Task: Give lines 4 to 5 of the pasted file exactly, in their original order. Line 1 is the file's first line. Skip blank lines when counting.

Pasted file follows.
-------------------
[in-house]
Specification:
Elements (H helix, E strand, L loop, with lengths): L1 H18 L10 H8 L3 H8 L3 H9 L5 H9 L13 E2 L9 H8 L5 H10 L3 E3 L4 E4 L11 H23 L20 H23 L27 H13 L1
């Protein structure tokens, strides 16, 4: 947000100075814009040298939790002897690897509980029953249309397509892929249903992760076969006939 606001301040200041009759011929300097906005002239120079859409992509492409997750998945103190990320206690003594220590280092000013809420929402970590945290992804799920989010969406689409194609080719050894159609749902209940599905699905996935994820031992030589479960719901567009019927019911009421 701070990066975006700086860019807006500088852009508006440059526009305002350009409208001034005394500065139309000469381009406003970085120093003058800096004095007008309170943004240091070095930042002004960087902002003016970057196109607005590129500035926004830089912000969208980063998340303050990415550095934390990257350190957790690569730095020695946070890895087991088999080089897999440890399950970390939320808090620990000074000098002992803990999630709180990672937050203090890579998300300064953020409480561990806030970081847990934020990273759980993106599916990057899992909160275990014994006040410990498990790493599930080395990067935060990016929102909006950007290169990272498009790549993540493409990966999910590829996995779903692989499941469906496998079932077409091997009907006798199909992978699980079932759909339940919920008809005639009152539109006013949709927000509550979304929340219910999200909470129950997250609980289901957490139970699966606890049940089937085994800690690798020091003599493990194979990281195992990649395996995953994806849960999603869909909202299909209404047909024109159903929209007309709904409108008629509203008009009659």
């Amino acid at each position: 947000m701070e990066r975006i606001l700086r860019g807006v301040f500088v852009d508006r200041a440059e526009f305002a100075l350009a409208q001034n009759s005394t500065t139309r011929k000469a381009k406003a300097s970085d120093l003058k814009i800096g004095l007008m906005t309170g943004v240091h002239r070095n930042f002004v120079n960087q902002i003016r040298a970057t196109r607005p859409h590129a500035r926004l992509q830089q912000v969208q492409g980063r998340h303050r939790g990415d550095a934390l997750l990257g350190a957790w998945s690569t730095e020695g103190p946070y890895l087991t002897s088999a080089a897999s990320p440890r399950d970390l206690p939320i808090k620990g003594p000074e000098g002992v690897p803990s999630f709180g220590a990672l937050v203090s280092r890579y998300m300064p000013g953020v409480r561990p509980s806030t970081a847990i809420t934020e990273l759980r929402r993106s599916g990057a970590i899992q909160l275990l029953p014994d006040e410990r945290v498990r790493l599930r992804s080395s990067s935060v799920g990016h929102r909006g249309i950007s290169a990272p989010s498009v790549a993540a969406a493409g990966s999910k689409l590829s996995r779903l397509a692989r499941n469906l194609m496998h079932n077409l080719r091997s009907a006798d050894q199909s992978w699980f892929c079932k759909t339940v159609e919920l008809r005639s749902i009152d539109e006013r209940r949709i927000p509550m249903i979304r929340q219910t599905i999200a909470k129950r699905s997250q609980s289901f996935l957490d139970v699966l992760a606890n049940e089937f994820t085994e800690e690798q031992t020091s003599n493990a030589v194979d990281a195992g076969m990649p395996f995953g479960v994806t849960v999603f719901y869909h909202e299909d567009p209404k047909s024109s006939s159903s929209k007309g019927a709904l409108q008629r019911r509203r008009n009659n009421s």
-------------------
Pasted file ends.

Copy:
């Protein structure tokens, strides 16, 4: 947000100075814009040298939790002897690897509980029953249309397509892929249903992760076969006939 606001301040200041009759011929300097906005002239120079859409992509492409997750998945103190990320206690003594220590280092000013809420929402970590945290992804799920989010969406689409194609080719050894159609749902209940599905699905996935994820031992030589479960719901567009019927019911009421 701070990066975006700086860019807006500088852009508006440059526009305002350009409208001034005394500065139309000469381009406003970085120093003058800096004095007008309170943004240091070095930042002004960087902002003016970057196109607005590129500035926004830089912000969208980063998340303050990415550095934390990257350190957790690569730095020695946070890895087991088999080089897999440890399950970390939320808090620990000074000098002992803990999630709180990672937050203090890579998300300064953020409480561990806030970081847990934020990273759980993106599916990057899992909160275990014994006040410990498990790493599930080395990067935060990016929102909006950007290169990272498009790549993540493409990966999910590829996995779903692989499941469906496998079932077409091997009907006798199909992978699980079932759909339940919920008809005639009152539109006013949709927000509550979304929340219910999200909470129950997250609980289901957490139970699966606890049940089937085994800690690798020091003599493990194979990281195992990649395996995953994806849960999603869909909202299909209404047909024109159903929209007309709904409108008629509203008009009659």
């Amino acid at each position: 947000m701070e990066r975006i606001l700086r860019g807006v301040f500088v852009d508006r200041a440059e526009f305002a100075l350009a409208q001034n009759s005394t500065t139309r011929k000469a381009k406003a300097s970085d120093l003058k814009i800096g004095l007008m906005t309170g943004v240091h002239r070095n930042f002004v120079n960087q902002i003016r040298a970057t196109r607005p859409h590129a500035r926004l992509q830089q912000v969208q492409g980063r998340h303050r939790g990415d550095a934390l997750l990257g350190a957790w998945s690569t730095e020695g103190p946070y890895l087991t002897s088999a080089a897999s990320p440890r399950d970390l206690p939320i808090k620990g003594p000074e000098g002992v690897p803990s999630f709180g220590a990672l937050v203090s280092r890579y998300m300064p000013g953020v409480r561990p509980s806030t970081a847990i809420t934020e990273l759980r929402r993106s599916g990057a970590i899992q909160l275990l029953p014994d006040e410990r945290v498990r790493l599930r992804s080395s990067s935060v799920g990016h929102r909006g249309i950007s290169a990272p989010s498009v790549a993540a969406a493409g990966s999910k689409l590829s996995r779903l397509a692989r499941n469906l194609m496998h079932n077409l080719r091997s009907a006798d050894q199909s992978w699980f892929c079932k759909t339940v159609e919920l008809r005639s749902i009152d539109e006013r209940r949709i927000p509550m249903i979304r929340q219910t599905i999200a909470k129950r699905s997250q609980s289901f996935l957490d139970v699966l992760a606890n049940e089937f994820t085994e800690e690798q031992t020091s003599n493990a030589v194979d990281a195992g076969m990649p395996f995953g479960v994806t849960v999603f719901y869909h909202e299909d567009p209404k047909s024109s006939s159903s929209k007309g019927a709904l409108q008629r019911r509203r008009n009659n009421s």